A few hours later, however, I found myself thinking about Unchained Melody, and it entirely changed my perspective.

Here’s why…

God has put a unique song (i.e., a melody) in the heart of each one of His children. But let’s be honest: Very FEW people seem to actually be singing the special, God-giving tune they’ve been given. Most seem to be living lives of drudgery, singing someone else’s song instead of their own.

What’s the problem here? If God has given us a special song to sing, why is it so rare to meet people who are truly “living out” that song?

I’m glad you asked…

A good starting place to answer the question is Jesus’ Parable of the Prodigal Son in Luke 15:11-32. You probably know the story of the wealthy man who had two sons. He greatly loved both of them, but each son had something blocking his ability to experience the father’s love.

The younger son took his share of the inheritance and quickly squandered it in wild living. Not until his money ran out and he spent time in a pigpen did the young man come to his senses and return home.

The amazing part of the story is that instead of scolding and punishing his wayward son, the father threw him a huge party. Do you see how ironic this is?

The son probably would have returned home a lot sooner if he knew the love, acceptance, and blessings that awaited him. He spent all his money on PARTYING that could never satisfy, when all along, his father had been ready to throw him a PARTY that would change his life forever.

You see, once upon a time, the younger son had a Melody in his heart. But because of his sinful, addictive, wanton lifestyle, the Melody had become chained. Eventually the bondage became so oppressive that he totally forgot there had ever had been a grand Melody and purpose to his life.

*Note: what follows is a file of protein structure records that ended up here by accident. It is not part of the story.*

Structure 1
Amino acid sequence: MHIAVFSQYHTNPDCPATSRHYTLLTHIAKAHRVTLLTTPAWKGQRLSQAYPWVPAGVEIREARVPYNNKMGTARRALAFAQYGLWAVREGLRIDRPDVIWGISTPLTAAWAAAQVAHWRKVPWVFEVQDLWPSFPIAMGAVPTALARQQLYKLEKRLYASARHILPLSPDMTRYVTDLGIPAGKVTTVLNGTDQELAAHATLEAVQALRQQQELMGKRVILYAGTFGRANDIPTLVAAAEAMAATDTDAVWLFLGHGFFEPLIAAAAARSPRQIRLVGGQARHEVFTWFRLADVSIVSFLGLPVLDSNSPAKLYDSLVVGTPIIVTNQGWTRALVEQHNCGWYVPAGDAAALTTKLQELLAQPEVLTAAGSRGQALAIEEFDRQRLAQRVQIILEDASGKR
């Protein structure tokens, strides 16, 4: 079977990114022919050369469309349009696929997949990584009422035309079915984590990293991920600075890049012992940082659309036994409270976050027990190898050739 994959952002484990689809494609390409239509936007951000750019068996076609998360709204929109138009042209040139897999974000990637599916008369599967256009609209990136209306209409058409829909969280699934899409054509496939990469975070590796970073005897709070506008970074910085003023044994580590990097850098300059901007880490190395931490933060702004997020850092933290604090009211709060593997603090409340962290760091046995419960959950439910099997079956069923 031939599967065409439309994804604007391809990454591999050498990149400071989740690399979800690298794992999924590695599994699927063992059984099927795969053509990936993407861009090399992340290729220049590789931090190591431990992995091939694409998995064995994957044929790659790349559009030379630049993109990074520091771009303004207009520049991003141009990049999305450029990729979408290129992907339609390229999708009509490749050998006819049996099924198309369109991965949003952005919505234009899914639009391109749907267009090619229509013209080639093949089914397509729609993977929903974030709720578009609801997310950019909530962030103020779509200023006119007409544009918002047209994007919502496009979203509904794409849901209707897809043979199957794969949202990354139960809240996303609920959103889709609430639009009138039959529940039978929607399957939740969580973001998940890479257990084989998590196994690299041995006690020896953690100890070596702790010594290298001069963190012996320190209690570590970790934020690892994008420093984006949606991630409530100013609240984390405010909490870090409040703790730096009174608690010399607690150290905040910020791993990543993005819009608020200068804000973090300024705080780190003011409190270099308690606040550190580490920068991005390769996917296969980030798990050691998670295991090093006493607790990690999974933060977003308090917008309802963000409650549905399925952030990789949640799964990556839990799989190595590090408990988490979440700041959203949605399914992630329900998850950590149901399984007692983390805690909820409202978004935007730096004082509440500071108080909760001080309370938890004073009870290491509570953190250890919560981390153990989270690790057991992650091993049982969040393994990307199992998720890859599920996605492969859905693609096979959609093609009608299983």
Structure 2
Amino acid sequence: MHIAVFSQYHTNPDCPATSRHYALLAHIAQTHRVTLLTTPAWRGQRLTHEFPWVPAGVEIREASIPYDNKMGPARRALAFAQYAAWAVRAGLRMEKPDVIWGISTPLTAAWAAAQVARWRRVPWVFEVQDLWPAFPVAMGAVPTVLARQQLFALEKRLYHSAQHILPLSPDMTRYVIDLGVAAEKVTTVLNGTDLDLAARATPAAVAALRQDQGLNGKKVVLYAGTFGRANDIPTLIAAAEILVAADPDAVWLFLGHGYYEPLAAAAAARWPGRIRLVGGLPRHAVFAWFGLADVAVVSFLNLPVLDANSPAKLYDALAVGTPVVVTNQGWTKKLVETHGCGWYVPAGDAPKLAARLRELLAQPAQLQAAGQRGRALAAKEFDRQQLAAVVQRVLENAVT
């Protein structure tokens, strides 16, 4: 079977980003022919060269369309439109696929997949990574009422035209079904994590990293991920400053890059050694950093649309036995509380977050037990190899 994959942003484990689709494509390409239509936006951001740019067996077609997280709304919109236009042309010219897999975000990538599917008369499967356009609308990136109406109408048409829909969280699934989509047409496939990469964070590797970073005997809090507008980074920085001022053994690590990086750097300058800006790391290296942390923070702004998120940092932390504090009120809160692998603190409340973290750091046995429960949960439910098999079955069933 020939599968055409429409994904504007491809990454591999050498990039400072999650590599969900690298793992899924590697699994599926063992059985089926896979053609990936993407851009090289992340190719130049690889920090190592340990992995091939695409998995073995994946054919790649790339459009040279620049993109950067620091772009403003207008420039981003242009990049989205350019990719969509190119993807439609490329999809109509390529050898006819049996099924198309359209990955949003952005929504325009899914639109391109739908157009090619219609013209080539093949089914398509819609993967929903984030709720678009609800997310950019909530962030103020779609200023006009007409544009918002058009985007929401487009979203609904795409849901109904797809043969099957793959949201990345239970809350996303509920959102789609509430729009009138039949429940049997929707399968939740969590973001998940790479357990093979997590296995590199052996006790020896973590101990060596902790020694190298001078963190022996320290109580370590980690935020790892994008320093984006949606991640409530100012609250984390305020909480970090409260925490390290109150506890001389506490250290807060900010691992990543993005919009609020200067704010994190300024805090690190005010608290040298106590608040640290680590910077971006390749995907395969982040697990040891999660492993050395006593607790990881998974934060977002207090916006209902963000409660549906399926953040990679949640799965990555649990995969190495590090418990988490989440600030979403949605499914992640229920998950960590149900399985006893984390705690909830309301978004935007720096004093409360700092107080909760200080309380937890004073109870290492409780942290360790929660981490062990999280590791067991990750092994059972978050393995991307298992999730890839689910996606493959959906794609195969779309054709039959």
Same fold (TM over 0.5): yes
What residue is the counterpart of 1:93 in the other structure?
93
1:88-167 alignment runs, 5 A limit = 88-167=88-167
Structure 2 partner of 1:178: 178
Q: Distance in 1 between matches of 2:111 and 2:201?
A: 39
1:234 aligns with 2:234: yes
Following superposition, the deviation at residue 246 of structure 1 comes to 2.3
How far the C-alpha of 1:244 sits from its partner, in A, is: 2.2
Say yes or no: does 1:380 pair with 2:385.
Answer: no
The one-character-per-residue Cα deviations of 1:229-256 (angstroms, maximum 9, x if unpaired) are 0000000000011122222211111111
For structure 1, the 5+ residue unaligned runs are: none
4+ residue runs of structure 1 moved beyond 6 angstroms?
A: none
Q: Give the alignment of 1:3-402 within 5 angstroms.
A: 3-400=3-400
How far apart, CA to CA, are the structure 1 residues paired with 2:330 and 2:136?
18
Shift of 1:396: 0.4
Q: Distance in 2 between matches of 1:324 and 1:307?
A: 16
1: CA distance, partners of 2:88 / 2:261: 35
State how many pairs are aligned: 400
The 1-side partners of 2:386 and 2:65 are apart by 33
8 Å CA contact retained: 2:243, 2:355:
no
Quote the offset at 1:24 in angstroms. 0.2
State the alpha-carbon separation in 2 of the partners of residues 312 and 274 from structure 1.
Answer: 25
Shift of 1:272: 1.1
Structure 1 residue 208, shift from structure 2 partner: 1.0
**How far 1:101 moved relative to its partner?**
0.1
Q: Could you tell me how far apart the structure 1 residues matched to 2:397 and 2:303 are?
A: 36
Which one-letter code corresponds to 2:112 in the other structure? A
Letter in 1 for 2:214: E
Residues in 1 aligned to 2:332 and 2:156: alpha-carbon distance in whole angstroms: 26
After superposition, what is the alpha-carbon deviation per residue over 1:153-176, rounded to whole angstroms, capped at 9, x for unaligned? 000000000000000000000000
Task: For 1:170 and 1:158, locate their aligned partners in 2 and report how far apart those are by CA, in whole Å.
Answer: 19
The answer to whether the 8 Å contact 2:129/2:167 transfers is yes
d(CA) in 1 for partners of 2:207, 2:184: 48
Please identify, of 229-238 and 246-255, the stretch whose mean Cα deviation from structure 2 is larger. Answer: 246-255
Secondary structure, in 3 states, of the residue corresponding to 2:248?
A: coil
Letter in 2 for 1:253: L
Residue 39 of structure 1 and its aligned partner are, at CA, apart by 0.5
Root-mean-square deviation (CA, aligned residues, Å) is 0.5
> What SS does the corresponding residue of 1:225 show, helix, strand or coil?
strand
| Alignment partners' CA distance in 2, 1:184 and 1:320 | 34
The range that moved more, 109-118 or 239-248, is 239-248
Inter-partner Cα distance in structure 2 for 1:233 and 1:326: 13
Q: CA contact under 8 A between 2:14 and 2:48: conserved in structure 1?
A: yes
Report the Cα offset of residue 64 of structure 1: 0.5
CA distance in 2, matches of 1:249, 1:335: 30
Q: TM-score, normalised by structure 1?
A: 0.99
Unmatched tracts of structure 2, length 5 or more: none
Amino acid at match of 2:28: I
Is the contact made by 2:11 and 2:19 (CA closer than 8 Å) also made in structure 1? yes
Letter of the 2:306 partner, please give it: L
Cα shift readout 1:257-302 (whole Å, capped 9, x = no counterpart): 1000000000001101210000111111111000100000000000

When the young man witnessed the joyous music and dancing coming from his father’s house, something resonated in his heart. His song came back to life, and he finally experienced the joy of the Unchained Melody he had always been destined to sing.

Sadly, the older brother didn’t experience such a happy ending. While the Melody in his young brother’s heart was chained because of SIN and WORLDLINESS, the older brother’s Melody was in bondage because of RELIGION and SELF-RIGHTEOUSNESS—often much more difficult chains to break.

Do you see how this applies to you and me? God wants each of us to sing our Unchained Melody—unhindered by sin and uninhibited by the stubborn pride of self-righteousness and religion.

So if I decide to help my friend on his book project, I hope the book can do more than just focus on addiction. The truth is, addiction feels good on some level (Hebrews 11:24-25), so we have to point people to something BETTER—the joyous Unchained Melody that God desires for them to sing.

And one more point…

Notice that the song is about Unchained MELODY, not Unchained HARMONY. While it’s a wonderful thing to harmoniously support other people’s dreams and visions, don’t forget about your own dream and vision. Although there’s a time to sing in the “choir,” perhaps this is the season to sing your own Unchained Melody.

But let me ask you…

Do you still even remember the song God placed in your heart many years ago? Or has it become a distant memory, needing the fresh wind of the Holy Spirit to rekindle the fire and remind you of the lyrics once again?

My friend, your Father has scheduled a party in your honor. Don’t let anything keep you from attending.

Can you hear the sound? Then go ahead and put on your dancing shoes!

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Regaining Your Lost Song